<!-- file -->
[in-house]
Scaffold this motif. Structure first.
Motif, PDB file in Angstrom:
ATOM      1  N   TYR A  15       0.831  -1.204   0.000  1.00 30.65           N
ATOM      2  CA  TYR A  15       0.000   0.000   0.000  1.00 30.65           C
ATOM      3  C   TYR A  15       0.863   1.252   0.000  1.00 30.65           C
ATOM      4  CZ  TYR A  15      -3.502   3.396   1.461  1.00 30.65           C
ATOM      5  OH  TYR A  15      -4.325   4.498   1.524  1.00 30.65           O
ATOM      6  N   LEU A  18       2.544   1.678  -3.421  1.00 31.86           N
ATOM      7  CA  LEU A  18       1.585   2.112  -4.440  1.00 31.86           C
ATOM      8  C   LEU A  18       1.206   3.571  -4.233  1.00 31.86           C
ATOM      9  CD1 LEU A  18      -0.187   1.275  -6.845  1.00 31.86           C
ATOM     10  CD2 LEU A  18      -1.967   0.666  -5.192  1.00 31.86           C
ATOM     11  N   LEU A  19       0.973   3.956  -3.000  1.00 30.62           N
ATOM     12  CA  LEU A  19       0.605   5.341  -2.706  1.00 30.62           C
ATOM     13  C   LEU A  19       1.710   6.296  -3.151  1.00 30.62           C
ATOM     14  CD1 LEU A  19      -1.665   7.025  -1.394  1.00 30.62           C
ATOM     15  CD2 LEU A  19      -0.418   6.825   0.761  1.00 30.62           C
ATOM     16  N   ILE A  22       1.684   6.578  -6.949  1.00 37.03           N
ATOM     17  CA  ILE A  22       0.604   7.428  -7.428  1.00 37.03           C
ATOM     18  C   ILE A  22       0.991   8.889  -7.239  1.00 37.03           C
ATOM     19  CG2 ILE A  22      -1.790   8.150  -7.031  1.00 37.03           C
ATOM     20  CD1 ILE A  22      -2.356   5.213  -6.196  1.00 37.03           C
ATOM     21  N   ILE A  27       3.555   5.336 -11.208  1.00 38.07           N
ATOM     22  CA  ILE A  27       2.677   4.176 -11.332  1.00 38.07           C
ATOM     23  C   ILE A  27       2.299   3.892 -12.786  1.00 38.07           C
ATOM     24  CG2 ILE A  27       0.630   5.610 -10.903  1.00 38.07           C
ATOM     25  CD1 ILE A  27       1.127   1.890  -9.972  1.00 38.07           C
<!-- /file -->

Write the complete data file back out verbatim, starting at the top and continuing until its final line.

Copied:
[in-house]
Scaffold this motif. Structure first.
Motif, PDB file in Angstrom:
ATOM      1  N   TYR A  15       0.831  -1.204   0.000  1.00 30.65           N
ATOM      2  CA  TYR A  15       0.000   0.000   0.000  1.00 30.65           C
ATOM      3  C   TYR A  15       0.863   1.252   0.000  1.00 30.65           C
ATOM      4  CZ  TYR A  15      -3.502   3.396   1.461  1.00 30.65           C
ATOM      5  OH  TYR A  15      -4.325   4.498   1.524  1.00 30.65           O
ATOM      6  N   LEU A  18       2.544   1.678  -3.421  1.00 31.86           N
ATOM      7  CA  LEU A  18       1.585   2.112  -4.440  1.00 31.86           C
ATOM      8  C   LEU A  18       1.206   3.571  -4.233  1.00 31.86           C
ATOM      9  CD1 LEU A  18      -0.187   1.275  -6.845  1.00 31.86           C
ATOM     10  CD2 LEU A  18      -1.967   0.666  -5.192  1.00 31.86           C
ATOM     11  N   LEU A  19       0.973   3.956  -3.000  1.00 30.62           N
ATOM     12  CA  LEU A  19       0.605   5.341  -2.706  1.00 30.62           C
ATOM     13  C   LEU A  19       1.710   6.296  -3.151  1.00 30.62           C
ATOM     14  CD1 LEU A  19      -1.665   7.025  -1.394  1.00 30.62           C
ATOM     15  CD2 LEU A  19      -0.418   6.825   0.761  1.00 30.62           C
ATOM     16  N   ILE A  22       1.684   6.578  -6.949  1.00 37.03           N
ATOM     17  CA  ILE A  22       0.604   7.428  -7.428  1.00 37.03           C
ATOM     18  C   ILE A  22       0.991   8.889  -7.239  1.00 37.03           C
ATOM     19  CG2 ILE A  22      -1.790   8.150  -7.031  1.00 37.03           C
ATOM     20  CD1 ILE A  22      -2.356   5.213  -6.196  1.00 37.03           C
ATOM     21  N   ILE A  27       3.555   5.336 -11.208  1.00 38.07           N
ATOM     22  CA  ILE A  27       2.677   4.176 -11.332  1.00 38.07           C
ATOM     23  C   ILE A  27       2.299   3.892 -12.786  1.00 38.07           C
ATOM     24  CG2 ILE A  27       0.630   5.610 -10.903  1.00 38.07           C
ATOM     25  CD1 ILE A  27       1.127   1.890  -9.972  1.00 38.07           C